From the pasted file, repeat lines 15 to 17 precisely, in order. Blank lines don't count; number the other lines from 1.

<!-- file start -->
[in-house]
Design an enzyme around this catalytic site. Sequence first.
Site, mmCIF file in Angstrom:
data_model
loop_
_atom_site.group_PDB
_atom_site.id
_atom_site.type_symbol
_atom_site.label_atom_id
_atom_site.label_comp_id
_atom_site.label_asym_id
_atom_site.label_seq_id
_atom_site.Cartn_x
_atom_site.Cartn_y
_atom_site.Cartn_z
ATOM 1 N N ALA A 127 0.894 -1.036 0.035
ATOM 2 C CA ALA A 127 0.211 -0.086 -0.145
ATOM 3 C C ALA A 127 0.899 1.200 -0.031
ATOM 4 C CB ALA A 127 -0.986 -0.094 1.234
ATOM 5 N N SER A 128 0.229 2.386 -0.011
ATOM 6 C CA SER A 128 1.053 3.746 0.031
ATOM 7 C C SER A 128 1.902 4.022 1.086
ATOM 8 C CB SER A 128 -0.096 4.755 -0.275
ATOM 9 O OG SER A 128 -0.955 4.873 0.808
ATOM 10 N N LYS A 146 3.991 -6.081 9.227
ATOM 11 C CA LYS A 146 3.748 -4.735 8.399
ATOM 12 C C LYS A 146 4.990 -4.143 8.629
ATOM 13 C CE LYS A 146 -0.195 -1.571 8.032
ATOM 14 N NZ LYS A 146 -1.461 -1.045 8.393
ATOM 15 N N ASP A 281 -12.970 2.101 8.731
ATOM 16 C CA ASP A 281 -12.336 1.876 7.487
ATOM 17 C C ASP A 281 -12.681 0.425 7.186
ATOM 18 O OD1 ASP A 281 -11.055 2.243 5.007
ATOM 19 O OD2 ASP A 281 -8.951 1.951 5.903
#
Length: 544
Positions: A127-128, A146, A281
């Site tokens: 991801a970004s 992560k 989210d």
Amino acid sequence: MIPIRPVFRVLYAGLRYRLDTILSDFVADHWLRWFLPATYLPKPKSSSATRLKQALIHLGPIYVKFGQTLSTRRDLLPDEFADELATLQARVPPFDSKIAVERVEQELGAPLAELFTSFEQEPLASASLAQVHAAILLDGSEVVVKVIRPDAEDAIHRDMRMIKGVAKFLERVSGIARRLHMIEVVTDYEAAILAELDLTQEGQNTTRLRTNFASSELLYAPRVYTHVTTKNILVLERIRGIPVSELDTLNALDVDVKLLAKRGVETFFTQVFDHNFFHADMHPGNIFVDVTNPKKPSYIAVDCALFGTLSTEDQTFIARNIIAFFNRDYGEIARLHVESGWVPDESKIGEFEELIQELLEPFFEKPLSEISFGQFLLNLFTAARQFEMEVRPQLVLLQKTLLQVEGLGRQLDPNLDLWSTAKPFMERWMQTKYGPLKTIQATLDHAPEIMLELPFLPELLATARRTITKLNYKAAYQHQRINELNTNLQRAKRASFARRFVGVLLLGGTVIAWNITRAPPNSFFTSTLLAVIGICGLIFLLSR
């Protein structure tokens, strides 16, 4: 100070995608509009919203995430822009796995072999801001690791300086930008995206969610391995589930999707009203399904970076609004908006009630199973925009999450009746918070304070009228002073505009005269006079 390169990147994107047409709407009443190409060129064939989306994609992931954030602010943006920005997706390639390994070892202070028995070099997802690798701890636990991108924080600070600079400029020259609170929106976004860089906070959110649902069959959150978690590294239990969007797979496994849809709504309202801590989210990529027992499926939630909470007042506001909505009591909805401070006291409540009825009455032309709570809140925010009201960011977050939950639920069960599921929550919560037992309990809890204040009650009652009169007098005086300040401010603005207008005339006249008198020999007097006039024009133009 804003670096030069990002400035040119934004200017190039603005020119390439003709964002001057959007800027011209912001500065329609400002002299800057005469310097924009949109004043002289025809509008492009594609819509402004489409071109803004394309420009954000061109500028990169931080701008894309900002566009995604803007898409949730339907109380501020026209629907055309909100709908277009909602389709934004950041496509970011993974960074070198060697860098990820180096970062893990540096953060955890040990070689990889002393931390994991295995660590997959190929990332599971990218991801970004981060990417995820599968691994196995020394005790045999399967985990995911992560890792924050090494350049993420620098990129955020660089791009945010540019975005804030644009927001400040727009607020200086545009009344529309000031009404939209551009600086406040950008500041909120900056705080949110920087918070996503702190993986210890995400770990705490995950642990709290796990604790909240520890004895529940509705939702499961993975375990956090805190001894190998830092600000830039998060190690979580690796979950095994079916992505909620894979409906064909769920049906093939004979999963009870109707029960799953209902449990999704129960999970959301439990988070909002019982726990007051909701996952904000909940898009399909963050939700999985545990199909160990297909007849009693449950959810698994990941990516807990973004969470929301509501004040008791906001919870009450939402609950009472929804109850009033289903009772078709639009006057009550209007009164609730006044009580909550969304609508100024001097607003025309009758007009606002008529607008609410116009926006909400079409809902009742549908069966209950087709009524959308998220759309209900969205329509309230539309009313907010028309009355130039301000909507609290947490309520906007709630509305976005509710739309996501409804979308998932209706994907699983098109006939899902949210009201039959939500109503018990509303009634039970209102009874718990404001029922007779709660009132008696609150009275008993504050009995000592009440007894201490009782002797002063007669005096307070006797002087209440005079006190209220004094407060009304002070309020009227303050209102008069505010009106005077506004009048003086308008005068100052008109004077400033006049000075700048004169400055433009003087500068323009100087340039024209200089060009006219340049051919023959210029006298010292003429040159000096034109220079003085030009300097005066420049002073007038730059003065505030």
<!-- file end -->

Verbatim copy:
_atom_site.Cartn_z
ATOM 1 N N ALA A 127 0.894 -1.036 0.035
ATOM 2 C CA ALA A 127 0.211 -0.086 -0.145